Specific portfolio observations
The third quarter reporting season (currently underway) provided a timely check of the growth characteristics of the Dominion Funds’ portfolios. So far, the companies represented in the three Global Trends portfolios have reported favourable results surpassing market expectations, representing superior growth at a reasonable price (GARP) and justifying their selection as structural long-term investments.
Strong financial fundamental trends and growing ecosystems have characterised the three companies in the Ecommerce portfolio that have reported so far. Netflix, for instance, added 7mln subscribers some +35% above the 5.2mln the market was expecting. PayPal increased its user base +15% to more than quarter of a billion while beating market expectations on both top and bottom line with +21% and +26% growth respectively. While Visa, in its own formidable fashion, ground upwards increasing volumes and revenues +11% and +12% respectively while earnings jumped by 29%, one percentage point above expectations.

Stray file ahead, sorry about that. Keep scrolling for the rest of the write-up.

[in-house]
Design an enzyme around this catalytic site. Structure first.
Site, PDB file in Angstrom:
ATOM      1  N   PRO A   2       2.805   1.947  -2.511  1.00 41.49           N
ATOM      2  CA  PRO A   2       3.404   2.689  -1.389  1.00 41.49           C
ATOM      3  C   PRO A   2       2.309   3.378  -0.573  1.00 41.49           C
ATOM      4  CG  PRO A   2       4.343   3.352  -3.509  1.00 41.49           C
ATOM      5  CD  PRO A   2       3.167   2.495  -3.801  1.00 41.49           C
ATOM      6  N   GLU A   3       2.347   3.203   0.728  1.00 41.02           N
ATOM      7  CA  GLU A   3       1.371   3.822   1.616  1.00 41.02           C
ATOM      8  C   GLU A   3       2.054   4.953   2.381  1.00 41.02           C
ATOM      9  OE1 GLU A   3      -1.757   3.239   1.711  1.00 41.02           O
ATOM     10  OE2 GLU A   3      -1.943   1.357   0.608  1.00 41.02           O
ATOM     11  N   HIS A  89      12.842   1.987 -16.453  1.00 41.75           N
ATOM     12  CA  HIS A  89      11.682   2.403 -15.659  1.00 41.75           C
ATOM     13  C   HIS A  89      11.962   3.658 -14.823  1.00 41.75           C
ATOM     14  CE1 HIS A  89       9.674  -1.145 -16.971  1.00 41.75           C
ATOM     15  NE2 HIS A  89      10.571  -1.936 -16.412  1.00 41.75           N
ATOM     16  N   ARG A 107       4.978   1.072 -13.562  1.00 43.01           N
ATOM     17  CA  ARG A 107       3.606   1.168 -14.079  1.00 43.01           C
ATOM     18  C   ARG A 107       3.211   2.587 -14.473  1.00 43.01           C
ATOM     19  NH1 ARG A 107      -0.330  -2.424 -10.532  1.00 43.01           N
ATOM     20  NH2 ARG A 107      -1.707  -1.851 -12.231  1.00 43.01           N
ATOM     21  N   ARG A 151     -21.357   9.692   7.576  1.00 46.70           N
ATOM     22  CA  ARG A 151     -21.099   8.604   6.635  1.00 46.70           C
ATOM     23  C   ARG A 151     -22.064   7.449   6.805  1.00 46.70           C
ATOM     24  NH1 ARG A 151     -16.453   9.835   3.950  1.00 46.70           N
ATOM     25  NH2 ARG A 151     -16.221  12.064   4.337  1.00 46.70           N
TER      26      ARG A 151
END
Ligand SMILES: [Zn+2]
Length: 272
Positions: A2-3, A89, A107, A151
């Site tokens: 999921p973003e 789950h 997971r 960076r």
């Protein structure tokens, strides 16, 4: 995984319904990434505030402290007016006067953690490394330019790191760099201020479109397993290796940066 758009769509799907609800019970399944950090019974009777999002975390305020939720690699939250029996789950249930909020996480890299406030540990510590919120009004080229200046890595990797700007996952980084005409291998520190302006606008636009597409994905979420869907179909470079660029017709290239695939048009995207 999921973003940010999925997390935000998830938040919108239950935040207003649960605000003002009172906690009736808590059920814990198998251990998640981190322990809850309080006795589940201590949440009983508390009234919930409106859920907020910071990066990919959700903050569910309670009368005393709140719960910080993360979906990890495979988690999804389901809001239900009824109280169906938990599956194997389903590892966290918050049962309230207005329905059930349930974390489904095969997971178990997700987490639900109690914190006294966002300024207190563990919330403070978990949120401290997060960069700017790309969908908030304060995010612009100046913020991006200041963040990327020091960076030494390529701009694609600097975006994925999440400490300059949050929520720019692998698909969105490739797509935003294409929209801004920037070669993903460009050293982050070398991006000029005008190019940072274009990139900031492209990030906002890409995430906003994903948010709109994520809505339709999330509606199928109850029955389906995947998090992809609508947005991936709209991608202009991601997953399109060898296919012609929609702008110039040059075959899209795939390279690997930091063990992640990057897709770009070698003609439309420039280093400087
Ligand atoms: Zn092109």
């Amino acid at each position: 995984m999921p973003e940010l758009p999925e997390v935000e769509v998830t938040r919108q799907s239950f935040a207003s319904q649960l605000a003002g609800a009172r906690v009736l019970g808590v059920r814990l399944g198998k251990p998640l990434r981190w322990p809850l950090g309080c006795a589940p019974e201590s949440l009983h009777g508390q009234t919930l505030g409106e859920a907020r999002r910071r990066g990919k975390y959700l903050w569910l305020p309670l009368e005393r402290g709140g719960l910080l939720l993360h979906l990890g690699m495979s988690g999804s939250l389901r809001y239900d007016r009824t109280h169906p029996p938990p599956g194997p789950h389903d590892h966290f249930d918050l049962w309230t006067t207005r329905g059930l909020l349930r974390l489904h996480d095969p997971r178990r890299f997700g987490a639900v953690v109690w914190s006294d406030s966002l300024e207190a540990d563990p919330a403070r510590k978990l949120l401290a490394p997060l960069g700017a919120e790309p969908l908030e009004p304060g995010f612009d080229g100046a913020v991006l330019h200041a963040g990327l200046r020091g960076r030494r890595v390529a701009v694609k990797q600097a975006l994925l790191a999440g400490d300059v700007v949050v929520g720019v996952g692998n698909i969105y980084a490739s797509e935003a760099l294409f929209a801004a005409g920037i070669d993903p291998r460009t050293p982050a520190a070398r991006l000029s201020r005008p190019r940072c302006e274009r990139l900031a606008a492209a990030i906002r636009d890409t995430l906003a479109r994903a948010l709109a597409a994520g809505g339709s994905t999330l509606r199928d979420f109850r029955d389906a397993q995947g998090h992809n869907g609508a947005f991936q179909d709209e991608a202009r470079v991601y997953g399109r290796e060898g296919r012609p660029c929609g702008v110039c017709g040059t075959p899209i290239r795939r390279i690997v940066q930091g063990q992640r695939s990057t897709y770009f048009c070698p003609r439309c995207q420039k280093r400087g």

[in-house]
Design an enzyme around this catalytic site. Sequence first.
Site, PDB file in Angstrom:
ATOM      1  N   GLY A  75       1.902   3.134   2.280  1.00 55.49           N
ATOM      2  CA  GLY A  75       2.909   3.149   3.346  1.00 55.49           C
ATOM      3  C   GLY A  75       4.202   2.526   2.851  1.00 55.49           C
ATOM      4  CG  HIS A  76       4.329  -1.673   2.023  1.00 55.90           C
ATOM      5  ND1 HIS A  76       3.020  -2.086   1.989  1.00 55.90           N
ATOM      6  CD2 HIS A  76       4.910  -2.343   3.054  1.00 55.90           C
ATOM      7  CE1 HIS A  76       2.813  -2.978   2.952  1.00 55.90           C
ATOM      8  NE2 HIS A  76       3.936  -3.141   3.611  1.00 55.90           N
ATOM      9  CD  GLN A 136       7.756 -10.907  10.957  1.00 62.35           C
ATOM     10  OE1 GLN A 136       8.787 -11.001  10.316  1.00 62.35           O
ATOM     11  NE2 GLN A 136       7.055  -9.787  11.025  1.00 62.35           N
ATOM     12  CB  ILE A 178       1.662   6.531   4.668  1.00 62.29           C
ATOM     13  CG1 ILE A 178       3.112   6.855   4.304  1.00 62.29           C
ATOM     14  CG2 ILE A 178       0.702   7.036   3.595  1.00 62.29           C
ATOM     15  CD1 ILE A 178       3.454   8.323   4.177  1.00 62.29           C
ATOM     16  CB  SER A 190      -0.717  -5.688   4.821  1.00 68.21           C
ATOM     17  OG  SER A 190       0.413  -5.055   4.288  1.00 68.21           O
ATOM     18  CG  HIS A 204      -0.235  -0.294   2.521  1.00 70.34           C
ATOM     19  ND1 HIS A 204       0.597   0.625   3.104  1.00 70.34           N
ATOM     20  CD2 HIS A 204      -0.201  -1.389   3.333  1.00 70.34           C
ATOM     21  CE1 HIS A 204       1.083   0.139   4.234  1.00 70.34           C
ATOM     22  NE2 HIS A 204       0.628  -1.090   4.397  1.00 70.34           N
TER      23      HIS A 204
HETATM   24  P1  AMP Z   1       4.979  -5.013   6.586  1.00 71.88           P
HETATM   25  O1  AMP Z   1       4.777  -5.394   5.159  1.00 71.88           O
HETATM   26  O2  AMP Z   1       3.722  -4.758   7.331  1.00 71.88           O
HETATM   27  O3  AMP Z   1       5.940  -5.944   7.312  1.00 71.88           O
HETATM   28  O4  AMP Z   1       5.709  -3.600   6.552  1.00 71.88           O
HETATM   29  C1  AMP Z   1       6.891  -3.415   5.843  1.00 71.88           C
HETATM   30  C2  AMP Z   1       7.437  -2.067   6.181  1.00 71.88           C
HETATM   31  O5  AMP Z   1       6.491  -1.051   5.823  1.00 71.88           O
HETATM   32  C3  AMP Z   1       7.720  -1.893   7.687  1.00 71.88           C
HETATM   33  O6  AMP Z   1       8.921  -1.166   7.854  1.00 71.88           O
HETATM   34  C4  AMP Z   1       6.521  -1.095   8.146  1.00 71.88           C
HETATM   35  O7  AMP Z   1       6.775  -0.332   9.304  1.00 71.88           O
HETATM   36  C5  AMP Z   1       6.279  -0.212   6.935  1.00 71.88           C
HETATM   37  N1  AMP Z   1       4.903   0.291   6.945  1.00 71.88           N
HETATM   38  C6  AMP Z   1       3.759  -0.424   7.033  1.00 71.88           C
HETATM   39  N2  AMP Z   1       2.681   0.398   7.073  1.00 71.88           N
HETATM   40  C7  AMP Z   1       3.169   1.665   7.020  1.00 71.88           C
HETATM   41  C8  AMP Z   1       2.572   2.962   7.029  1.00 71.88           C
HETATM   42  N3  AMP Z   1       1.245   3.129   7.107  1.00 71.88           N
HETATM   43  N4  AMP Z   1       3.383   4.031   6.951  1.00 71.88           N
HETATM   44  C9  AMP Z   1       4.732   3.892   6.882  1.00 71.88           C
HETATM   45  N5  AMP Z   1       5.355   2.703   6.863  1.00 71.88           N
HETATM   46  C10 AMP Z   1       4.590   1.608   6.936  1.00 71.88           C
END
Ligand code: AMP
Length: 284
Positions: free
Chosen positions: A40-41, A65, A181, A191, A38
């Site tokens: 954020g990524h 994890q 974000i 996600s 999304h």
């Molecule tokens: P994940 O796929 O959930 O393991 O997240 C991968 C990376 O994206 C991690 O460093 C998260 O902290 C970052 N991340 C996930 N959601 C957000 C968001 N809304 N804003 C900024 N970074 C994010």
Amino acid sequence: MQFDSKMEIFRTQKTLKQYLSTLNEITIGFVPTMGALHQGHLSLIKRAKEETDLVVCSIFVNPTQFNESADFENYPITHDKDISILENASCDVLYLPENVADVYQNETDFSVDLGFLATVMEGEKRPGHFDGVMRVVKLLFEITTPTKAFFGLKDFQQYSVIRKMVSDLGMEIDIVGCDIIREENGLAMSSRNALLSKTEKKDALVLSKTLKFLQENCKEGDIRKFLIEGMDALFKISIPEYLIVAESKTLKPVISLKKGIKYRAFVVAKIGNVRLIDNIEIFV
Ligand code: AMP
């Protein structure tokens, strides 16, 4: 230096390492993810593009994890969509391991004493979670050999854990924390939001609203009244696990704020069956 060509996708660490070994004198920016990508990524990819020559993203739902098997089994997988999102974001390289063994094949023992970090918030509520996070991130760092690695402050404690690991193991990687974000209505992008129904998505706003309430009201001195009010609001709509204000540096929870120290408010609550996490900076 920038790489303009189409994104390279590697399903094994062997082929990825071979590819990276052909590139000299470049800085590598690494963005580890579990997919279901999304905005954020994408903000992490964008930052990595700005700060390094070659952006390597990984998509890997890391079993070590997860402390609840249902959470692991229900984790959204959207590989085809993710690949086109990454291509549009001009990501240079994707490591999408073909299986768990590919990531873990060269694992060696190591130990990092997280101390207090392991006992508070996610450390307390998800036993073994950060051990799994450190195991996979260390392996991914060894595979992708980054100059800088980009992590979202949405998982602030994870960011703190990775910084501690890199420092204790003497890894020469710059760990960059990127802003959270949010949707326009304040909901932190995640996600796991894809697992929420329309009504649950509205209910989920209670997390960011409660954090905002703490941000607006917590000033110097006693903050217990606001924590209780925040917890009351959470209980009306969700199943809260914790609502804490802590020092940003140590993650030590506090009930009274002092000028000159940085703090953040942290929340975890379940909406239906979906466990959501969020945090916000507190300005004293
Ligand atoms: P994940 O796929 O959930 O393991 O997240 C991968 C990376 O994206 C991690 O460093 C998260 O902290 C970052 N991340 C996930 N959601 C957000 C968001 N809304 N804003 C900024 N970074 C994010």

The Managed Fund stocks which have reported earnings so far in Q3 have all reported numbers continuing to show strong structural growth and no weakness in the macro environment. The sell-off in the market and our portfolio exposures is not, therefore, driven by any weakening in the fundamentals of our investments. The evidence so far in Q3 is that growth expectations for our investments is rising, while prices are falling, improving the relative value of these investments. Chr Hansen (processed food ingredients) beat expectations and raised guidance, strong revenue growth in all regions, Domino’s Pizza (takeaway food) reported strong growth in all regions, Givaudan (fragrance and flavour ingredients into consumer products) strong revenue growth ahead of expectations in all regions, Eurofins (product testing in multiple sectors) reported strong growth and raised guidance, Assa Abloy (exposure to construction and building renovation investment) beat revenue estimates and reported strong growth in its core markets, especially Asia Pacific and US.